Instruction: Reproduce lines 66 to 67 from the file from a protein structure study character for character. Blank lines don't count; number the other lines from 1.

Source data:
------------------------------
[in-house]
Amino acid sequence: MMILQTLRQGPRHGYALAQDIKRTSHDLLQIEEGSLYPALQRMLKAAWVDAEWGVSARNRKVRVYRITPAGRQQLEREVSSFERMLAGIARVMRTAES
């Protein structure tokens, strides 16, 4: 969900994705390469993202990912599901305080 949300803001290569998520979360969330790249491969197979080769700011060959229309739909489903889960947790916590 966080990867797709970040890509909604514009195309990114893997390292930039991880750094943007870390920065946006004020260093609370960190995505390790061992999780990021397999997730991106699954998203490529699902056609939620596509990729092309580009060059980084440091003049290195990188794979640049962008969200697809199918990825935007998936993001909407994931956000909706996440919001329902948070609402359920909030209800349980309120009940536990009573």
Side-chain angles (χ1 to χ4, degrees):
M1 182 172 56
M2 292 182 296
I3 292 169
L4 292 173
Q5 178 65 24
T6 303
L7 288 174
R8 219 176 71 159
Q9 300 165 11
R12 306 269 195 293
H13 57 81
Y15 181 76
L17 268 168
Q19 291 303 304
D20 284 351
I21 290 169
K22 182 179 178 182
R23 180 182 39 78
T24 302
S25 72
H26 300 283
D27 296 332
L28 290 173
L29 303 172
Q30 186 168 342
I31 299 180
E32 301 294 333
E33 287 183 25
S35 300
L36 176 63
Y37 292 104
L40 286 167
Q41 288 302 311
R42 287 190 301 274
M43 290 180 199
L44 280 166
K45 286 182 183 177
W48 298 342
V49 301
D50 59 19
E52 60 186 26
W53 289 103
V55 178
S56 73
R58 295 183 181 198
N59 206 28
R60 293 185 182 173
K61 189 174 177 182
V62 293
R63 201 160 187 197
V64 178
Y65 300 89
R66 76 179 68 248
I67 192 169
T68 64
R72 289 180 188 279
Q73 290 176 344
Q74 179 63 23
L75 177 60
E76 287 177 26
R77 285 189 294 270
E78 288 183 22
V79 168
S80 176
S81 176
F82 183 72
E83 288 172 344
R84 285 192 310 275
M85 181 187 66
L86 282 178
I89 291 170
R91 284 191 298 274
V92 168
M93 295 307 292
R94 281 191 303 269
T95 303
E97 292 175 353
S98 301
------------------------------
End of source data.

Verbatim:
E78 288 183 22
V79 168